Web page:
June 21, 2018 07:46 pm News Staff – Earlier this month, the U.S. Department of Justice announced that it would not defend crucial elements of the Patient Protection and Affordable Care Act (ACA) in a legal challenge now playing out in a Texas district court. But groups concerned about the prospect of patients losing important protections the ACA provides -- including the AAFP -- continue to speak up for key provisions of the law.
Last week, the AMA, together with the Academy and three other specialty organizations, filed an amicus brief with the U.S. District Court for the Northern District of Texas, Fort Worth Division. In February, Texas and 19 other states had asked that court to rule the ACA unconstitutional.
Also joining the friend-of-the-court brief were the American College of Physicians (ACP), the American Academy of Pediatrics (AAP), and the American Academy of Child and Adolescent Psychiatry.
In an June 14 news release announcing the brief, AMA President Barbara McAneny, M.D., said, "The policies being undermined through the plaintiffs' action have broad bipartisan and public support and have improved the lives of patients. An unfavorable decision in this case would create further disruption, generate uncertainty, spark additional premium increases and cause declines in coverage.
"We urge the court to reject this case because health policy should be developed in Congress and not in the courts."
The brief's filing comes on the heels of a statement the Academy and five other medical groups, including the AAP and ACP, issued on June 8 in which the groups pressed the Justice Department to reconsider its position on Texas et al. v. United States et al.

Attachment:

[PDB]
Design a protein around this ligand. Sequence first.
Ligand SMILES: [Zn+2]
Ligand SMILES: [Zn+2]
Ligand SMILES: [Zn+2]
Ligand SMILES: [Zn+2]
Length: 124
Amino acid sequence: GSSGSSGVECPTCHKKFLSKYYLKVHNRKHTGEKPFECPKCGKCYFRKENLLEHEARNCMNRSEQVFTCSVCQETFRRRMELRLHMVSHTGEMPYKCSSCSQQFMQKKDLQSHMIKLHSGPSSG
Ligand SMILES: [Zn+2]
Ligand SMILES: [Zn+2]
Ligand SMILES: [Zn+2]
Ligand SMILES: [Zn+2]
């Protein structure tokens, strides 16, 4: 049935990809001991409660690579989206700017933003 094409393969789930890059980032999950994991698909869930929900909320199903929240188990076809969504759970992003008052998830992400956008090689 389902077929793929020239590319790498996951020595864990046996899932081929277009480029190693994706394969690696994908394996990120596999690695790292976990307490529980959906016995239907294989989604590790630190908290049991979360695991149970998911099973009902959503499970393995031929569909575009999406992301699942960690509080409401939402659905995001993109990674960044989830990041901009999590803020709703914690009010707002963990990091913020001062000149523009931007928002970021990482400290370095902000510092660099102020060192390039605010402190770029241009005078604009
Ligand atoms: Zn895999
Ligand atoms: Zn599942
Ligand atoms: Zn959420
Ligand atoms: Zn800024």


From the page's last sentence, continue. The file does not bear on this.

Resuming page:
The AMA news release goes on to warn that patients now covered under the ACA would no longer have protections for pre-existing conditions if the lawsuit's plaintiffs prevailed. Additionally, the statement said, "children would no longer have coverage under their parents' health insurance plan until age 26; insurers would no longer be held to the 85-percent medical loss ratio, meaning they could generate higher profits at the expense of coverage and payments for services; 100 percent coverage for certain preventive services would cease; (and) annual and lifetime dollar limits could be reinstated, leading to more bankruptcies due to health care costs."
The Justice Department's June 10 decision to forgo an ACA defense in the lawsuit has prompted a steady stream of legal filings similar to the groups' brief, some of them from unexpected sources.
For example, five prominent legal scholars, including two who argued against the ACA in previous cases challenging the law, this month filed a joint amicus brief asking the district court to reject this lawsuit.
One of the five is Kevin Walsh, whose writing on the severability of portions of the ACA was cited by U.S. Supreme Court Justice Clarence Thomas last year in a decision that involved whether the federal government has the right to control state law-making.
Among other amicus briefs filed in support of the ACA are a brief that includes the American Cancer Society Cancer Action Network, the American Diabetes Association, the American Heart Association, the American Lung Association and the National Multiple Sclerosis Society, as well as separate briefs by AARP and the AARP Foundation, America's Health Insurance Plans, the American Hospital Association, and the Association of American Medical Colleges, to name just a few.